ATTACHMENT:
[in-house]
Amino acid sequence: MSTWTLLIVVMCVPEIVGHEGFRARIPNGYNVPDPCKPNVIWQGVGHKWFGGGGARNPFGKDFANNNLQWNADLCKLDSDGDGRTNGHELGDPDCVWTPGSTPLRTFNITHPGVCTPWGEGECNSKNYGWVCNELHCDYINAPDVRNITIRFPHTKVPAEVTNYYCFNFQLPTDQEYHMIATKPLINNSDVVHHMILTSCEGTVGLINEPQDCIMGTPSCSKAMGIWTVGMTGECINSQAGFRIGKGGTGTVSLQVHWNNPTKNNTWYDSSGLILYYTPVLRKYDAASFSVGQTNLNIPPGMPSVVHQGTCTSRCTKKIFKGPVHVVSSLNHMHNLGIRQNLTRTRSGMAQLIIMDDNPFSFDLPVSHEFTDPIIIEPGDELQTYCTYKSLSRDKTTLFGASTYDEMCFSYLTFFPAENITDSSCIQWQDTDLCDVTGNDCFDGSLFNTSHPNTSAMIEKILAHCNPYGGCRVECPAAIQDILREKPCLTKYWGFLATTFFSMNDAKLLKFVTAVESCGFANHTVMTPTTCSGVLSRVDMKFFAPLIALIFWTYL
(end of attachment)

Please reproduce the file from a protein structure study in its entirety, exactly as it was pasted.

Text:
[in-house]
Amino acid sequence: MSTWTLLIVVMCVPEIVGHEGFRARIPNGYNVPDPCKPNVIWQGVGHKWFGGGGARNPFGKDFANNNLQWNADLCKLDSDGDGRTNGHELGDPDCVWTPGSTPLRTFNITHPGVCTPWGEGECNSKNYGWVCNELHCDYINAPDVRNITIRFPHTKVPAEVTNYYCFNFQLPTDQEYHMIATKPLINNSDVVHHMILTSCEGTVGLINEPQDCIMGTPSCSKAMGIWTVGMTGECINSQAGFRIGKGGTGTVSLQVHWNNPTKNNTWYDSSGLILYYTPVLRKYDAASFSVGQTNLNIPPGMPSVVHQGTCTSRCTKKIFKGPVHVVSSLNHMHNLGIRQNLTRTRSGMAQLIIMDDNPFSFDLPVSHEFTDPIIIEPGDELQTYCTYKSLSRDKTTLFGASTYDEMCFSYLTFFPAENITDSSCIQWQDTDLCDVTGNDCFDGSLFNTSHPNTSAMIEKILAHCNPYGGCRVECPAAIQDILREKPCLTKYWGFLATTFFSMNDAKLLKFVTAVESCGFANHTVMTPTTCSGVLSRVDMKFFAPLIALIFWTYL